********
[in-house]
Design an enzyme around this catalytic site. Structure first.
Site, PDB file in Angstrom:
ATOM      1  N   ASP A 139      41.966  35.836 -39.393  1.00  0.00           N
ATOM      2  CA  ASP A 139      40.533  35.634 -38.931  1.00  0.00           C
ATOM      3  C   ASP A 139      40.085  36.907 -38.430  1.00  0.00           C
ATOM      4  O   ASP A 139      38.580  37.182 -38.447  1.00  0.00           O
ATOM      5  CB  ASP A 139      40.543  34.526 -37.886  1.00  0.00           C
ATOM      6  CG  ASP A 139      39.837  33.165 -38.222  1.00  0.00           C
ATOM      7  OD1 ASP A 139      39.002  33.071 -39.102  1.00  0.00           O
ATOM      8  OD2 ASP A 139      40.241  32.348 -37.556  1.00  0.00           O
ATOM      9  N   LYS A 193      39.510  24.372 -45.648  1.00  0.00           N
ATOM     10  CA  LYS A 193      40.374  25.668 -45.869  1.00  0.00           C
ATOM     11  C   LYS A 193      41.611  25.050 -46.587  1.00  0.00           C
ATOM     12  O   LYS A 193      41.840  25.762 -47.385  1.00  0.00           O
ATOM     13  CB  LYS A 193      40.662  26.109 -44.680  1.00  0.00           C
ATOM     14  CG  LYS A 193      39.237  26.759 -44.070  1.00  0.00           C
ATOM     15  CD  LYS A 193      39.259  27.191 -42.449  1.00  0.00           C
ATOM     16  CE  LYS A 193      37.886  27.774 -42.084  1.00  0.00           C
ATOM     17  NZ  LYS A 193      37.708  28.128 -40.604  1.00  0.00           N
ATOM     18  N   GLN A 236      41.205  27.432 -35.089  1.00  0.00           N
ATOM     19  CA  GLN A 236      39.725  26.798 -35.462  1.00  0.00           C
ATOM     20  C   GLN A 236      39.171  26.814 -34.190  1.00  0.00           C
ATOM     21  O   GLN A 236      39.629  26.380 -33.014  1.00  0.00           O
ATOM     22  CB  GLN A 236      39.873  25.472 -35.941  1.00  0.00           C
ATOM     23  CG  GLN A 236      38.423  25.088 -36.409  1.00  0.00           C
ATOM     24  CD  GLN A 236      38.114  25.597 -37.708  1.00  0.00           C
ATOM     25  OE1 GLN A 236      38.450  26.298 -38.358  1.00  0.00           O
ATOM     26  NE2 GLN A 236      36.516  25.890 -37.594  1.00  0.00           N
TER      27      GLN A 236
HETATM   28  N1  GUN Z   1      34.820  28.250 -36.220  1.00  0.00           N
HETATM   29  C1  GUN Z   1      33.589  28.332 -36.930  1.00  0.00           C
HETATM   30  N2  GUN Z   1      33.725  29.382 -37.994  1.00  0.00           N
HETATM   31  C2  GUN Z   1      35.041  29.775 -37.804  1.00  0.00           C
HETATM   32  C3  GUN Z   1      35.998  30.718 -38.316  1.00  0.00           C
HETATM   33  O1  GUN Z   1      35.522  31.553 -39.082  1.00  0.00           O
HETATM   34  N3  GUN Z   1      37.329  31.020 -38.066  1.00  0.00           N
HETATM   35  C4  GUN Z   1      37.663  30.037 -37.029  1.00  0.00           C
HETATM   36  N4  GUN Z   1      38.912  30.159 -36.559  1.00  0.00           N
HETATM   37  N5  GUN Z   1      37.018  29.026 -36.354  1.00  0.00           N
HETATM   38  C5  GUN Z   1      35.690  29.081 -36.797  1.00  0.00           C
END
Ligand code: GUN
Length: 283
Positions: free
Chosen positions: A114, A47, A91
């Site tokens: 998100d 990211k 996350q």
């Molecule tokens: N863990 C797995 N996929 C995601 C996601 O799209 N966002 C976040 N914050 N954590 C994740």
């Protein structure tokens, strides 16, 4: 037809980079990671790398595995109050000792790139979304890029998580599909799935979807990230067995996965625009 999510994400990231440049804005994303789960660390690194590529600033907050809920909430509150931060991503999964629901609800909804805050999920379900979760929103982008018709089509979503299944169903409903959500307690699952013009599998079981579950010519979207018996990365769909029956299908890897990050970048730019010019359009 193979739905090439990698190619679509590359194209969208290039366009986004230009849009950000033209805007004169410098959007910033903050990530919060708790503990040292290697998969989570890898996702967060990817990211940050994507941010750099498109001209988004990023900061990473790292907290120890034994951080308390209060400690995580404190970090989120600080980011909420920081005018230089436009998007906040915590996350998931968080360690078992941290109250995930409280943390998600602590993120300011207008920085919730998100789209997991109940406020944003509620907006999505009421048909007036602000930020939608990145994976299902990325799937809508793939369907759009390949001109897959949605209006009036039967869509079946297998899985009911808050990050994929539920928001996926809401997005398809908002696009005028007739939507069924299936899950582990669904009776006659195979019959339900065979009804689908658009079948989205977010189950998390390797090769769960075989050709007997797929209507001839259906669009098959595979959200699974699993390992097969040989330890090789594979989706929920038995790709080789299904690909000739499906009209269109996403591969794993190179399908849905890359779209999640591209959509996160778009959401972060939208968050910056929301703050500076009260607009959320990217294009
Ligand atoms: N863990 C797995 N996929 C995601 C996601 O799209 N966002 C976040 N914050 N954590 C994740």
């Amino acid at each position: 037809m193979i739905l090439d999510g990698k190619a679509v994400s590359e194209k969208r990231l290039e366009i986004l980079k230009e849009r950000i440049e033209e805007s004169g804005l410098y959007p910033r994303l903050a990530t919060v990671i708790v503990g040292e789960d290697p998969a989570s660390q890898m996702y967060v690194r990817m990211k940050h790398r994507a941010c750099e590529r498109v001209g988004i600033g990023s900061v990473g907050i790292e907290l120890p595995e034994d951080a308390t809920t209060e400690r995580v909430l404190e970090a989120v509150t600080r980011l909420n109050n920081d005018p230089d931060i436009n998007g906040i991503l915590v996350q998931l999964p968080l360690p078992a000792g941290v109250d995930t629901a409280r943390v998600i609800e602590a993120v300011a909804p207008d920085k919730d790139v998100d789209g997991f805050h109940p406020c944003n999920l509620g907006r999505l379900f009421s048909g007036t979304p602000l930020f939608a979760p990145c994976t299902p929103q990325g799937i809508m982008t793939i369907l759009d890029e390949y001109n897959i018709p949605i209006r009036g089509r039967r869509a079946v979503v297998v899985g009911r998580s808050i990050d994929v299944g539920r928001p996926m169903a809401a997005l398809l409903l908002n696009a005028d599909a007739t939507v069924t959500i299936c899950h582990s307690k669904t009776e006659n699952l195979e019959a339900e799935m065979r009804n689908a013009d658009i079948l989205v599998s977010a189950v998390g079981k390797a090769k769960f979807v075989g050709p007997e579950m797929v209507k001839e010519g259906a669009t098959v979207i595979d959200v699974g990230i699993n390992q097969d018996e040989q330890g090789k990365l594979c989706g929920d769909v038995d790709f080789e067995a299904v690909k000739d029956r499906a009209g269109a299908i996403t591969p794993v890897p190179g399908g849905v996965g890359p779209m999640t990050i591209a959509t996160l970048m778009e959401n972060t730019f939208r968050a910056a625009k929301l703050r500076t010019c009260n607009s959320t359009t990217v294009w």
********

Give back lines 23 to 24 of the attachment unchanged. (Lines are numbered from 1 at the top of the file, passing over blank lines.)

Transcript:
ATOM     20  C   GLN A 236      39.171  26.814 -34.190  1.00  0.00           C
ATOM     21  O   GLN A 236      39.629  26.380 -33.014  1.00  0.00           O